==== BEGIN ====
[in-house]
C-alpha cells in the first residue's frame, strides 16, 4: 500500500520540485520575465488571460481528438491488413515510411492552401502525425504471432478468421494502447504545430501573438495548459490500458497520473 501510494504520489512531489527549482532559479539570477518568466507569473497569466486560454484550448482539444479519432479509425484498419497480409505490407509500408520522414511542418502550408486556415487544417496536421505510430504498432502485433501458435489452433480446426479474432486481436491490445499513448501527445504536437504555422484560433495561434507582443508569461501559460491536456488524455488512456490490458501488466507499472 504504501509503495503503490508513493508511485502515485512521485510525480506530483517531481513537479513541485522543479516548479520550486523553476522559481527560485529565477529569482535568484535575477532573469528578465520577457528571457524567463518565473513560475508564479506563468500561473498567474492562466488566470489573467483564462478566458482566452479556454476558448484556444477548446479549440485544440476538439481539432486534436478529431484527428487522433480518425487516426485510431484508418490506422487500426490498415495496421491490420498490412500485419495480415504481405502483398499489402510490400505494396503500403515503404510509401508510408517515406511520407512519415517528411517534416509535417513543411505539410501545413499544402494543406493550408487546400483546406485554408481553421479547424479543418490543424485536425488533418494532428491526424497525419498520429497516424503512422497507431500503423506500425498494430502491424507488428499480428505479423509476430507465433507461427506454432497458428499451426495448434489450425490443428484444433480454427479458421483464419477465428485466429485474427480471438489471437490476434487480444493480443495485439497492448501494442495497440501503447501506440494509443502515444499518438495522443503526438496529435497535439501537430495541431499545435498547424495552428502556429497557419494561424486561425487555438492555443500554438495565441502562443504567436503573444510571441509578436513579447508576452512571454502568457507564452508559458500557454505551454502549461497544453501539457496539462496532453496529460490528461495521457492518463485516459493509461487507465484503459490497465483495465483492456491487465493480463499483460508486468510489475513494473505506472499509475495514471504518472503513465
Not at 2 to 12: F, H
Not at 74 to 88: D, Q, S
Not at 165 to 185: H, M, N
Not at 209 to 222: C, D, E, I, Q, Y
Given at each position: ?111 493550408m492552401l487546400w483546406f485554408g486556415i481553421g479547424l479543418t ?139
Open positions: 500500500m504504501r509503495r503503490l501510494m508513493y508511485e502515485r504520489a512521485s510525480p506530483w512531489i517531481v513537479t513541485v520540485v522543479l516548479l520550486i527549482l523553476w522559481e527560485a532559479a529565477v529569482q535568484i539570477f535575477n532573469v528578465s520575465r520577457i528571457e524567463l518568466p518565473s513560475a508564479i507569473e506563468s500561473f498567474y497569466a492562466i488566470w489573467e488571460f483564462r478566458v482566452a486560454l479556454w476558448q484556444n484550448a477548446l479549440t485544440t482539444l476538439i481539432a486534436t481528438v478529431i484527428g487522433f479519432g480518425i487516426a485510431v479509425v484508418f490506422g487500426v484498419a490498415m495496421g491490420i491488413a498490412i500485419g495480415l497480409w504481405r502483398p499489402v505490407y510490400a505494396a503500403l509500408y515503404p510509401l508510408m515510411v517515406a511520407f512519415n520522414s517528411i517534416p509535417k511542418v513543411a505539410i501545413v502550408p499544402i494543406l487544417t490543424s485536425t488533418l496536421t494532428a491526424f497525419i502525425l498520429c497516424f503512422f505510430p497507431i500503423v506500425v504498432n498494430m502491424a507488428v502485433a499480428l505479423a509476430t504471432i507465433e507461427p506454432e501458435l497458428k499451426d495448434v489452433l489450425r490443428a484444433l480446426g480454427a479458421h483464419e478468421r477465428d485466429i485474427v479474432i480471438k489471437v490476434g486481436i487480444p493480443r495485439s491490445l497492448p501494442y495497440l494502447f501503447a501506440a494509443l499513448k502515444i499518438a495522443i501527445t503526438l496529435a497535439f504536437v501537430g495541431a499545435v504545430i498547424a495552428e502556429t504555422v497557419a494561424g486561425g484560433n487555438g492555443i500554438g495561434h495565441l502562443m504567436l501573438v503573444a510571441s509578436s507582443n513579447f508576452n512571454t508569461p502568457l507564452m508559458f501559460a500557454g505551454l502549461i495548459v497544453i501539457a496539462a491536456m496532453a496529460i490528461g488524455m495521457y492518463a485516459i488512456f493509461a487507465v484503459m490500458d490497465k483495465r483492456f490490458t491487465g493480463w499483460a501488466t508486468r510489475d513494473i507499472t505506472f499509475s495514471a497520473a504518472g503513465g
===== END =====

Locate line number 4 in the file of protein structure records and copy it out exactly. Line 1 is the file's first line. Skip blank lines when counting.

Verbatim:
Not at 74 to 88: D, Q, S